Open-air, performance, music event,

Unseal the City is a project focused on addressing the subtle yet profound implications of soil sealing within urban environments. Soil sealing, often overlooked, disrupts the delicate balance between the ground and the atmosphere, adversely affecting plant and animal biodiversity, and contributing to the decline of natural habitats. Join us in breaking the asphalt on July 31, 2021, for a symbolic unsealing act covering nearly 12 m². Unseal the City isn't just about breaking ground; it's a subtle call to action, urging individuals to reflect on the far-reaching impact of their environment and encouraging them to play an active role in the restoration of urban ecosystems. Let's collectively shape a more biodiverse and resilient future.

Unseal The City

Soil sealing reduces ecological functions and alters the exchange of energy, water and gases between the area below and above a soil sealing layer. This has a direct negative impact on plant and animal biodiversity, such as the loss of plants and animals and their natural habitats. Plant biodiversity stimulates soil biodiversity and leads to increased soil function. Loss of natural habitat has been identified as one of the main reasons for recent declines in insect populations. Therefore, unsealing soils is a positive measure to maintain, protect, and develop healthy soils and a rich biodiversity of plants and animals.

Vision - "Adapt 4 Climate"
Let's imagine a federally owned virtual (networking) platform with the working title "Adapt4Climate":
Using a map, residents can see which areas are made available for environmental projects by tradespeople, landowners* or the city. A public project pinboard coordinates and connects people from the neighborhood with local businesses on site. These people can present their project, select project phases, and receive reimbursement for materials without any red tape. A small incentive of 50 euros for project managers for a complete project report ensures that content is communicated and project communication is transparent. Projects can be implemented in up to three categories: Green maintenance, unsealing and renaturation. A catalog of measures with construction instructions is available. Many helpful links provide information on the three subject areas. An interactive main page shows an overview of all projects that are being implemented in the municipality or state, thus creating the greatest possible transparency.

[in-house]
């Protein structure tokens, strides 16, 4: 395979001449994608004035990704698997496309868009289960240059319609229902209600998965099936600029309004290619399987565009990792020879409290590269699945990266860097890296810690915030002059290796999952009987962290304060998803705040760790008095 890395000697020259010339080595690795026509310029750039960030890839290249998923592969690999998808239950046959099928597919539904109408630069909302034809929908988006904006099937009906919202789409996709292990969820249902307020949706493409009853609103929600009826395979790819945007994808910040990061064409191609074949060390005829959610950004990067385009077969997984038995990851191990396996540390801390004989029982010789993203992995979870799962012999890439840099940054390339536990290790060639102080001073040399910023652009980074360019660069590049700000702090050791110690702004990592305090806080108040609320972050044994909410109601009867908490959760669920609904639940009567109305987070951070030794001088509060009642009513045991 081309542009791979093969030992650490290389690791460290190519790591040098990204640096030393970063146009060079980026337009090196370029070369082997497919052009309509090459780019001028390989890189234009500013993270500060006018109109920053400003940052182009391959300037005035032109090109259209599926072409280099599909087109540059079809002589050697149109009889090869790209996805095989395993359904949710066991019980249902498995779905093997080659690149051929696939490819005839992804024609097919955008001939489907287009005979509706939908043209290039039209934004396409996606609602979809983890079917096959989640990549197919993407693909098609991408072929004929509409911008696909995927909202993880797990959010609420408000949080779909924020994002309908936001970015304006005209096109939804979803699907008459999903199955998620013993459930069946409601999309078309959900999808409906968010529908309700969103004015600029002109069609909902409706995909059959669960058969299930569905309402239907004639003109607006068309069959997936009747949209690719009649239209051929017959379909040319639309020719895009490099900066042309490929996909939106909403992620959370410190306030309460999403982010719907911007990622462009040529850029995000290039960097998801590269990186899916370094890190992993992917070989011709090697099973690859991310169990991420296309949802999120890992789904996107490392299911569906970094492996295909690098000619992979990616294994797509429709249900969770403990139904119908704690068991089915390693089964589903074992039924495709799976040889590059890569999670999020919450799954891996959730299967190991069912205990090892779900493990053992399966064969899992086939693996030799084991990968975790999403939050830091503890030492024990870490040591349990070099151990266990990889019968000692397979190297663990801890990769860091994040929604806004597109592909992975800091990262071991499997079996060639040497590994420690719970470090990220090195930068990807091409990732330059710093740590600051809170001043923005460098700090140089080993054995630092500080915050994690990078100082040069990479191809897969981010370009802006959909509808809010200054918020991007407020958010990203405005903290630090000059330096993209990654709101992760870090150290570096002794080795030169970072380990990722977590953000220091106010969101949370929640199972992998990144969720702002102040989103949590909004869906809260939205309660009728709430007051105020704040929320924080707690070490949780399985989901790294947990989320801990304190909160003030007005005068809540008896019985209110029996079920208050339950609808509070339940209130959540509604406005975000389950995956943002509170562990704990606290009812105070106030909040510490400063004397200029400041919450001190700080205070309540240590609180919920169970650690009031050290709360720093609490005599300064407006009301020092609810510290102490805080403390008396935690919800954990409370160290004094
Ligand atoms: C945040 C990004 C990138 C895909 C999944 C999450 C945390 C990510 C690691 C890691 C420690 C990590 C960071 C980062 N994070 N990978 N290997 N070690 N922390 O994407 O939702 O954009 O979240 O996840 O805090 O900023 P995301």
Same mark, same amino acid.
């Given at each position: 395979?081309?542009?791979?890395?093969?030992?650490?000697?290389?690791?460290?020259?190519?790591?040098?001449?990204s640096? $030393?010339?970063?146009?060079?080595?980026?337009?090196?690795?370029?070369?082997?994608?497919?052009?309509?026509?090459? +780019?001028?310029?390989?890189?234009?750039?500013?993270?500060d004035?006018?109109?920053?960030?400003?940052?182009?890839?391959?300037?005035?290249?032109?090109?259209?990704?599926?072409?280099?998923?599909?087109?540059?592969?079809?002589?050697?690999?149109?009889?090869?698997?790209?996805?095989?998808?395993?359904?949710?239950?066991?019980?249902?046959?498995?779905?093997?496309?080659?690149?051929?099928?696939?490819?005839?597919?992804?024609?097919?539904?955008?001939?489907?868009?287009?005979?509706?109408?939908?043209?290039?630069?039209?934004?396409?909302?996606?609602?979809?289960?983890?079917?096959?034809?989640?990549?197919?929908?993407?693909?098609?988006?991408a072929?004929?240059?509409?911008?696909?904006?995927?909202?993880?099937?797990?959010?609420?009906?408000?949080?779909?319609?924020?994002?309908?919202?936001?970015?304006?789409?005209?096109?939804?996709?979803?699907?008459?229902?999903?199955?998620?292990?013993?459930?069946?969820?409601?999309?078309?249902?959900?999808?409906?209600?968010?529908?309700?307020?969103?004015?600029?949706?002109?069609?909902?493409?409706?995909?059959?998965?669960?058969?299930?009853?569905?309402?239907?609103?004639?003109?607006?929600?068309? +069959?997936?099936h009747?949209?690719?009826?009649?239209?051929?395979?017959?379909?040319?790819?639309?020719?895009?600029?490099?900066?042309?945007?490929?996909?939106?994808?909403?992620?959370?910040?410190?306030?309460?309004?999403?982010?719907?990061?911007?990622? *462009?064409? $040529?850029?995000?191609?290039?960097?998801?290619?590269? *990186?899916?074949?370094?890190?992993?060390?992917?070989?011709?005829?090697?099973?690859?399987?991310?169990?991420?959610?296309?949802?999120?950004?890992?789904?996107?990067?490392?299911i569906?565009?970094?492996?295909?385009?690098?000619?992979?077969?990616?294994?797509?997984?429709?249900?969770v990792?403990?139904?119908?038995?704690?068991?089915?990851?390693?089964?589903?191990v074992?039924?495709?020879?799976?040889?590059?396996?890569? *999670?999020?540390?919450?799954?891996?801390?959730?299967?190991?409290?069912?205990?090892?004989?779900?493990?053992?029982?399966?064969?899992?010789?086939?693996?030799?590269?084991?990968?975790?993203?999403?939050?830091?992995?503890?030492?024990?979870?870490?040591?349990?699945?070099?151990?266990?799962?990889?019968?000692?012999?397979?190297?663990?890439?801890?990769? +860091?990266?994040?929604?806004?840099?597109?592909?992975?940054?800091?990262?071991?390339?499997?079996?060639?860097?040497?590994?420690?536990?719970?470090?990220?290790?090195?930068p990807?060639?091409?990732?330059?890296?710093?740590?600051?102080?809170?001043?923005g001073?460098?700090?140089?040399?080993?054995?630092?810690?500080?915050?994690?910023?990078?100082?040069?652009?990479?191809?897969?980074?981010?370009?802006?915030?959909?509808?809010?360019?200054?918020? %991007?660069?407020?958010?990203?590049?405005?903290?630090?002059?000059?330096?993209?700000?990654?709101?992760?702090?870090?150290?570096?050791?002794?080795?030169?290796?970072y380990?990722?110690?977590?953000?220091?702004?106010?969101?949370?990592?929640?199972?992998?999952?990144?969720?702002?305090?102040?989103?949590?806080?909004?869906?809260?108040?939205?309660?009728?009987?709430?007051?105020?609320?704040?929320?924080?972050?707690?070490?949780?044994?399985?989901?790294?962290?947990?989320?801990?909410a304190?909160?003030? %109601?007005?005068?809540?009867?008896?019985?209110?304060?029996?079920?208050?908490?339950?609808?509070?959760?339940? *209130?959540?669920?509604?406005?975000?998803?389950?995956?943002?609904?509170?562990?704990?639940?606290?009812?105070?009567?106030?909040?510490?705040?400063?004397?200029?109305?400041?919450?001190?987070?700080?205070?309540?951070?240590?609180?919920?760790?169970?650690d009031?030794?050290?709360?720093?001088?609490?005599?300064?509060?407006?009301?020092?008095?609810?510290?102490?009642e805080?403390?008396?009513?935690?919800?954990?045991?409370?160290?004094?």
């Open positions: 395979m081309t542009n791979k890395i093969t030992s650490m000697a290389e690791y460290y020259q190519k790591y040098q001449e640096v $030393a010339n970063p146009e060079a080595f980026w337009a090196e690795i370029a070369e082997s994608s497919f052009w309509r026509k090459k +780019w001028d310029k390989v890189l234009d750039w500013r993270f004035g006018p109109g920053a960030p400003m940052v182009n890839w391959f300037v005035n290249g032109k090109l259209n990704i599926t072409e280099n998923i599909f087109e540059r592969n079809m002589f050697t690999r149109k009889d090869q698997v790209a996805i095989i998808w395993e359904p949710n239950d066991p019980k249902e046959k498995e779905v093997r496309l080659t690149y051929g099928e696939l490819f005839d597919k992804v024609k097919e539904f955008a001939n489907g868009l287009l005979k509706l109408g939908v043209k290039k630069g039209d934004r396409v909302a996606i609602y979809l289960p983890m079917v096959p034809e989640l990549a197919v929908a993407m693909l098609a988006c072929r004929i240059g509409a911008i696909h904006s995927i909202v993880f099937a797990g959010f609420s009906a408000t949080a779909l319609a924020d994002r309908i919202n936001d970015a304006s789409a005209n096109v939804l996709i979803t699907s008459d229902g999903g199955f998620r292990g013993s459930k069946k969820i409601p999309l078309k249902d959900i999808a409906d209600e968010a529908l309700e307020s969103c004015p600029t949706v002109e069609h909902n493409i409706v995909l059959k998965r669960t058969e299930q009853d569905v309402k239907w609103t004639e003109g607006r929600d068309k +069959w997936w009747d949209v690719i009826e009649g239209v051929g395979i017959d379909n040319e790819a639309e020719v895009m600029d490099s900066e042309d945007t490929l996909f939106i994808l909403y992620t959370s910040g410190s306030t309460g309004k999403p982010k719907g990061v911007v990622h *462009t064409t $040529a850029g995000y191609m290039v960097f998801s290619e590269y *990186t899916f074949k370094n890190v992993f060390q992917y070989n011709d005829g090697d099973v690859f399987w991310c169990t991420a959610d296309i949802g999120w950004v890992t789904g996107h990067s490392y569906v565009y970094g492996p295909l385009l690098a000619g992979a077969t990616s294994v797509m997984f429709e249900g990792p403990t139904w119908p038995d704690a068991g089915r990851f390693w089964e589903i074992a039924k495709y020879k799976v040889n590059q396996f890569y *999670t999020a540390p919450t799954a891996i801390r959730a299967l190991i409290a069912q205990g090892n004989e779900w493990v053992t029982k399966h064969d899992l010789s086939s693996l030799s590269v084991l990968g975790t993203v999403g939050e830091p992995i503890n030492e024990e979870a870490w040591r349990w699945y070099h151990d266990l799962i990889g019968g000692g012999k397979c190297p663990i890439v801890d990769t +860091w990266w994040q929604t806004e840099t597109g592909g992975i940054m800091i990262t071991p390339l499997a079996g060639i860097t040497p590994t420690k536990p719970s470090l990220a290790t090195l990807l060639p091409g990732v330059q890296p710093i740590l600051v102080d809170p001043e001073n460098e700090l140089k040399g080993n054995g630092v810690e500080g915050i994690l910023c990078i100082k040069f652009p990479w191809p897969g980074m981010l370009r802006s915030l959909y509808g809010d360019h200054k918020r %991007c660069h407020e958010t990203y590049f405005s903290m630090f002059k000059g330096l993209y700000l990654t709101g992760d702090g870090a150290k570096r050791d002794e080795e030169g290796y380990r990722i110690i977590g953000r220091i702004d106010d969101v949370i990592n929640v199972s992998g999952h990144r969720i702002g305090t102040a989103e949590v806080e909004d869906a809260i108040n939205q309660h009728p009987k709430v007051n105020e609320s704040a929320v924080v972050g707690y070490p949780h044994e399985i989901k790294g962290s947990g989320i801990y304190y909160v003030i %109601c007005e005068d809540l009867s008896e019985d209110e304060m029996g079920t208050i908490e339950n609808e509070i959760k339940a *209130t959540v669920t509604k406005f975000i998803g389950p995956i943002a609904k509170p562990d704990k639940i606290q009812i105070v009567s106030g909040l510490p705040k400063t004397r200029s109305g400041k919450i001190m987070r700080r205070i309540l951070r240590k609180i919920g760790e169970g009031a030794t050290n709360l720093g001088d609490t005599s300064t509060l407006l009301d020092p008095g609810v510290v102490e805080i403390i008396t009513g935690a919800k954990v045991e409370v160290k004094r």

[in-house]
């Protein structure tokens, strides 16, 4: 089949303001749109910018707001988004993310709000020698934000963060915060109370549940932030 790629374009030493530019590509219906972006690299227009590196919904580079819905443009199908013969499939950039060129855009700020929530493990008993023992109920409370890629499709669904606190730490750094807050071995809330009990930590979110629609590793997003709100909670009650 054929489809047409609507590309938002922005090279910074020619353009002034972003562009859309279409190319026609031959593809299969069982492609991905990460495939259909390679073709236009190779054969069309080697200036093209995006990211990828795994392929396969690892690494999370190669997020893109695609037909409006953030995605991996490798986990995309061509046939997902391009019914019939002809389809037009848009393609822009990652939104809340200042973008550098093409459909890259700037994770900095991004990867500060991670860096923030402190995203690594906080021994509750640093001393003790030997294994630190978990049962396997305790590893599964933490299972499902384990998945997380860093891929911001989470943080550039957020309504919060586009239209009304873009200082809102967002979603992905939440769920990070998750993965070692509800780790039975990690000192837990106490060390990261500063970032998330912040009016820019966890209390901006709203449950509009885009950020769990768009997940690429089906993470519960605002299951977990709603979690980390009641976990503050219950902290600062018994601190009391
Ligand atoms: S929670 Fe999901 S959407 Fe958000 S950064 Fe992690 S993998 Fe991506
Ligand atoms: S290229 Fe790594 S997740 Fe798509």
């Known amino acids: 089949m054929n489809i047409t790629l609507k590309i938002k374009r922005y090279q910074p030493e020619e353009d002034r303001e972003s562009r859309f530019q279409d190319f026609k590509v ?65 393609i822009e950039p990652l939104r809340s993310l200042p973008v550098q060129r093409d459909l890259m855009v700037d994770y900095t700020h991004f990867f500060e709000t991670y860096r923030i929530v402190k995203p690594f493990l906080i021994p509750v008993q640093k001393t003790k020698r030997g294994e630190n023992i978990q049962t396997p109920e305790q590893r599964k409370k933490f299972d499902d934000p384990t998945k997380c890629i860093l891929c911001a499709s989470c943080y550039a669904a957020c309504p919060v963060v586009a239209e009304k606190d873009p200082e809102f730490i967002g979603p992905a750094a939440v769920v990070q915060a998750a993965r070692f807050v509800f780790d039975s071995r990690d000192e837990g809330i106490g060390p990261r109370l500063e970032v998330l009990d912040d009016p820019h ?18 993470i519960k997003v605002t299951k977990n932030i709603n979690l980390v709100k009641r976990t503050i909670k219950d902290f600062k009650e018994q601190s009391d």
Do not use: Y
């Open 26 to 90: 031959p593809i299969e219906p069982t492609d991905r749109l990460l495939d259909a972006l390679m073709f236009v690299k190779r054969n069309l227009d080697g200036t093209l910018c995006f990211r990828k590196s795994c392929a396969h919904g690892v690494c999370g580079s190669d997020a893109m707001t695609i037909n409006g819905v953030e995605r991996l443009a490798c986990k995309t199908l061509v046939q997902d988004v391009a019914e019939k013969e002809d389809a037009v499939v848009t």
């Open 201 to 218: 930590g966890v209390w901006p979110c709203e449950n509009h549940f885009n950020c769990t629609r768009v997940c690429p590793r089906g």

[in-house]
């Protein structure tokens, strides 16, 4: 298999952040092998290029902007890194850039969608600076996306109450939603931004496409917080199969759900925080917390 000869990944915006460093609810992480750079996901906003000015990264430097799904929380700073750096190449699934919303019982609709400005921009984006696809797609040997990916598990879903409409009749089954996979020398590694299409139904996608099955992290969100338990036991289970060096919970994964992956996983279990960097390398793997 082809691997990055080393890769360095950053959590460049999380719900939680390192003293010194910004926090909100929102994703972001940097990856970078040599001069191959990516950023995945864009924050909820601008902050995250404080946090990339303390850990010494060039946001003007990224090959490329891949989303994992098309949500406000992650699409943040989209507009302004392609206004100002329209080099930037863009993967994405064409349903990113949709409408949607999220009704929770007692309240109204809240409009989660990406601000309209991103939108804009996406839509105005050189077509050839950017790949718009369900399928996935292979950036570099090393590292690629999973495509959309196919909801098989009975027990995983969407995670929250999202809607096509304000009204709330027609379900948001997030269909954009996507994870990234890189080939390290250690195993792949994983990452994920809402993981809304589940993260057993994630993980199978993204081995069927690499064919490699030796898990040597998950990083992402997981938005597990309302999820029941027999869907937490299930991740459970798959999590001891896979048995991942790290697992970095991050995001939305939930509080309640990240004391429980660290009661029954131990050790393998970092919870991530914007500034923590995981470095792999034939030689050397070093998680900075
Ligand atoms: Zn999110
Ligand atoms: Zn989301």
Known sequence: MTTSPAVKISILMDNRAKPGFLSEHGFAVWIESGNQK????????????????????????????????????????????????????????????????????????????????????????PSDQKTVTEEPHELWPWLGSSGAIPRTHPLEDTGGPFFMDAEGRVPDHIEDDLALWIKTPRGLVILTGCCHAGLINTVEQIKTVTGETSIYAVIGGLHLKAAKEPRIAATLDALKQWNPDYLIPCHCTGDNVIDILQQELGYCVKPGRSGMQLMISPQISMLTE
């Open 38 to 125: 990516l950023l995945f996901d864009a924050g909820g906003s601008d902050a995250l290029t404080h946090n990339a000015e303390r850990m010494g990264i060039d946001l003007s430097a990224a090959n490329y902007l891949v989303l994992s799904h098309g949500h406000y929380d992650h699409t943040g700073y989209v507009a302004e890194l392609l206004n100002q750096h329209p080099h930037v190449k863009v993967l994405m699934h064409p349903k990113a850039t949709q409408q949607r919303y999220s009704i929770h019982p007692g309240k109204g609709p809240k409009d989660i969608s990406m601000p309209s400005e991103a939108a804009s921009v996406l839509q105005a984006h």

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The idea "Unseal the City" is a "unsealing campaign" consisting of two parts.
Just start! With an excavator we break up the asphalt on 31.07.2021 and unseal an area of almost 12 m². Glad you're there or have been! Missed it? You can find out more - and much more information - on our website and social media channels. Just scan the QR codes! With this - admittedly - brute act we want to expand your awareness and knowledge about unsealing cities. We want to inspire you to become active yourself.
Why unseal actively? There are many good reasons for this, which are already being researched in many places. These two information banners will give you some background knowledge and ideas.

The term "soil sealing" was first defined by Duley in 1940 and refers to a thin layer that limits the penetration of water into the soil. This layer can be made of concrete, metal, glass, asphalt, and plastic, for example. This has implications for various compartments of an ecosystem that are of particular importance in an urban context:

Extensive sealing has a pronounced effect on the water balance due to the loss of infiltration areas for precipitation. Groundwater recharge, which is necessary for our water supply, among other things, is greatly reduced. On the other hand, rainwater contaminated with tire wear, garbage and dog excrement enters the sewer system either directly into surface waters or into a sewage treatment plant. In addition, the risk of flooding increases during heavy rains due to a lack of infiltration.

If the water and oxygen supply is prevented by sealing, the soil organisms responsible for the formation of fertile soil are destroyed. Thus, soil fertility is massively impaired and the carbon storage function of soil is reduced. The loss of organic components changes the soil structure as well as the buffer and storage capacity for nutrients and pollutants. Since soils are formed over long periods of time, the previous soil quality can only be restored with great effort.

artistic research

On Water • Wild River Prelude


On Meditation • PulsRaum


On Water • Riverplay


On Time • Kronos


lab projects







SpreeBerlin - Voice Of A River


Living With Uncertainties


Unseal the City